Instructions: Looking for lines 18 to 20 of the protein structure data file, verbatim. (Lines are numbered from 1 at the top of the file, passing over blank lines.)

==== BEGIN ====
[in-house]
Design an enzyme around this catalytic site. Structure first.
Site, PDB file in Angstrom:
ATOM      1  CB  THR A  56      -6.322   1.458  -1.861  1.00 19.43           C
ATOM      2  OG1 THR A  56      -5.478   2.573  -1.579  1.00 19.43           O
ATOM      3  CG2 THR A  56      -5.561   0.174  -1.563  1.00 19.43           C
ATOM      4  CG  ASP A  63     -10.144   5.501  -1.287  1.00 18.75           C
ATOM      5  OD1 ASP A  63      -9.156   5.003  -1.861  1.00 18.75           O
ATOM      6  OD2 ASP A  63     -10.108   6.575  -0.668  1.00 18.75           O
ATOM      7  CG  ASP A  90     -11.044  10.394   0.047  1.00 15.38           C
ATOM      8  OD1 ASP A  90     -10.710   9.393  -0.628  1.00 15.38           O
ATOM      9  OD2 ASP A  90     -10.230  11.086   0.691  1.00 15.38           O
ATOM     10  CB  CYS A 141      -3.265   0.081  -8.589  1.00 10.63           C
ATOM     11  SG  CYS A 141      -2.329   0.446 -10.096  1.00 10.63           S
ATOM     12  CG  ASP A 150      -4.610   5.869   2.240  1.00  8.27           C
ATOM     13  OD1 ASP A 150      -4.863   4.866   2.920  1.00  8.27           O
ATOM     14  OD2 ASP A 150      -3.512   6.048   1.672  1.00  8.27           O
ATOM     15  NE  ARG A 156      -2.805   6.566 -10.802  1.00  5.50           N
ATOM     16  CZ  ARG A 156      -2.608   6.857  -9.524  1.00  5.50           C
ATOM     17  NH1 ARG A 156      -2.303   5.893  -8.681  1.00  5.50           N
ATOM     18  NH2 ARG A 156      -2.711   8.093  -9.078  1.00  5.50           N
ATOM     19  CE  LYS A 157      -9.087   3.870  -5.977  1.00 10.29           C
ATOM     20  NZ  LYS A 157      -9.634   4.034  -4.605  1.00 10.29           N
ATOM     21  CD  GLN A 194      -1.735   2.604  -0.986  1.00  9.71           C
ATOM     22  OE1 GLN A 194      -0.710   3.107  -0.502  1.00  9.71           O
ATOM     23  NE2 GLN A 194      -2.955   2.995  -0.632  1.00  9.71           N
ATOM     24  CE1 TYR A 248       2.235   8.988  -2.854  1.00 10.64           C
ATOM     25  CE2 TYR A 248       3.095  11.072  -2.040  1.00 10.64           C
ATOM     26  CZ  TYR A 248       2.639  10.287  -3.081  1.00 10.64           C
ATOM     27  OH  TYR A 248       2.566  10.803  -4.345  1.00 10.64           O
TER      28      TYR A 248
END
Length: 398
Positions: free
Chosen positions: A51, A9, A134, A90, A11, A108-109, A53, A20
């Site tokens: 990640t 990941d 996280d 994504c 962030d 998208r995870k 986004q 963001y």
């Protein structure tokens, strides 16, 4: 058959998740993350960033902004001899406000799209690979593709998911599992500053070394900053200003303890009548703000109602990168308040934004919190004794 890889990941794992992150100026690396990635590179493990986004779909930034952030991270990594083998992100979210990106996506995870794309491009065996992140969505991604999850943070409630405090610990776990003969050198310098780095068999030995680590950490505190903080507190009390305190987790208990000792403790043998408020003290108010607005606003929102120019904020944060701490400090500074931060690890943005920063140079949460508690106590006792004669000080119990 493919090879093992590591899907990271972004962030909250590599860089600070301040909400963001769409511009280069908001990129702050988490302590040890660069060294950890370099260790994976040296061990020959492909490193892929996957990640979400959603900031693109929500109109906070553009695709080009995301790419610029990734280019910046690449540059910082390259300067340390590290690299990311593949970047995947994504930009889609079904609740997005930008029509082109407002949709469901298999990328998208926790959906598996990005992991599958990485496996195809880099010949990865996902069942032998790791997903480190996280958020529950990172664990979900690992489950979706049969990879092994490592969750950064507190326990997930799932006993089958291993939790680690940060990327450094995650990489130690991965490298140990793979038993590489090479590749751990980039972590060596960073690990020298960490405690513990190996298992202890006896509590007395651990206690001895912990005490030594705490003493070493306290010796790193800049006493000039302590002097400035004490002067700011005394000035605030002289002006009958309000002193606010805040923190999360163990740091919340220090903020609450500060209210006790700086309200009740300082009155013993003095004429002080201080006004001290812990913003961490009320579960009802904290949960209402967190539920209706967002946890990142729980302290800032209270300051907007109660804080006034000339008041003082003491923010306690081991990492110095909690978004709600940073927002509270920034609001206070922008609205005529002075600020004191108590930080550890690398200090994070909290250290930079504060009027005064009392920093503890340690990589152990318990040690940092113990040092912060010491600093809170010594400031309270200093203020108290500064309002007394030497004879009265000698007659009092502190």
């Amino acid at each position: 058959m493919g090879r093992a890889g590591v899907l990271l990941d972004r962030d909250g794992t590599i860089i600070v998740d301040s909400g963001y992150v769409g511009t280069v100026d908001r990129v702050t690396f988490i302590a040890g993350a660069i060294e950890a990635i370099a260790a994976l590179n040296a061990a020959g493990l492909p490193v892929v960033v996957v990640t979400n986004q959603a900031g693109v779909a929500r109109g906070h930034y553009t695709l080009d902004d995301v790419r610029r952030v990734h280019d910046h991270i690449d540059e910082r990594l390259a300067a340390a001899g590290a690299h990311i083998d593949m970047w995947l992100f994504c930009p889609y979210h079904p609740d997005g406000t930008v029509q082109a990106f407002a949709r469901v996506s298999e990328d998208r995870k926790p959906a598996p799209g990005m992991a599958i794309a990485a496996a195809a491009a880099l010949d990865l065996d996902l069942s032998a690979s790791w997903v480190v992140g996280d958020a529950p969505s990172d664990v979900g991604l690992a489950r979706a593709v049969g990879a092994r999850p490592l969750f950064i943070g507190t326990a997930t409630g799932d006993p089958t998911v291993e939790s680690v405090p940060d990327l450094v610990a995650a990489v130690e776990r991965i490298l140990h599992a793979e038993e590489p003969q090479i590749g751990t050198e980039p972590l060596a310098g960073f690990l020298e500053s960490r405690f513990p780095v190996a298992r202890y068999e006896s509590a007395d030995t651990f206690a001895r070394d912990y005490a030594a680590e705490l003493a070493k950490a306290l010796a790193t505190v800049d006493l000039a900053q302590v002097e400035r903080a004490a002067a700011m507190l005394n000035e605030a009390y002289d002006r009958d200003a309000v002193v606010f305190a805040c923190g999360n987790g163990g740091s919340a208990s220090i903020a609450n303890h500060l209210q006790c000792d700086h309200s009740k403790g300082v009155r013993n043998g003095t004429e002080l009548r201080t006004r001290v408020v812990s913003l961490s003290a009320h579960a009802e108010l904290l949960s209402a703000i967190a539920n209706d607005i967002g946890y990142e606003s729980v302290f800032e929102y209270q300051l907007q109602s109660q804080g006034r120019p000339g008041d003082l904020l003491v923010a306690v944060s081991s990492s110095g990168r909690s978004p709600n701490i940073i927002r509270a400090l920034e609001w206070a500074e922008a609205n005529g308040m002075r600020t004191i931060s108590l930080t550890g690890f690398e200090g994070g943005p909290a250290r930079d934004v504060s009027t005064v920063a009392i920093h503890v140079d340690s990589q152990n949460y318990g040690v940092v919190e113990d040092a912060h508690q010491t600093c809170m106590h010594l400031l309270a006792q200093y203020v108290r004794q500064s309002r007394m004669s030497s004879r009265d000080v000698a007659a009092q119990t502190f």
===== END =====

ATOM     15  NE  ARG A 156      -2.805   6.566 -10.802  1.00  5.50           N
ATOM     16  CZ  ARG A 156      -2.608   6.857  -9.524  1.00  5.50           C
ATOM     17  NH1 ARG A 156      -2.303   5.893  -8.681  1.00  5.50           N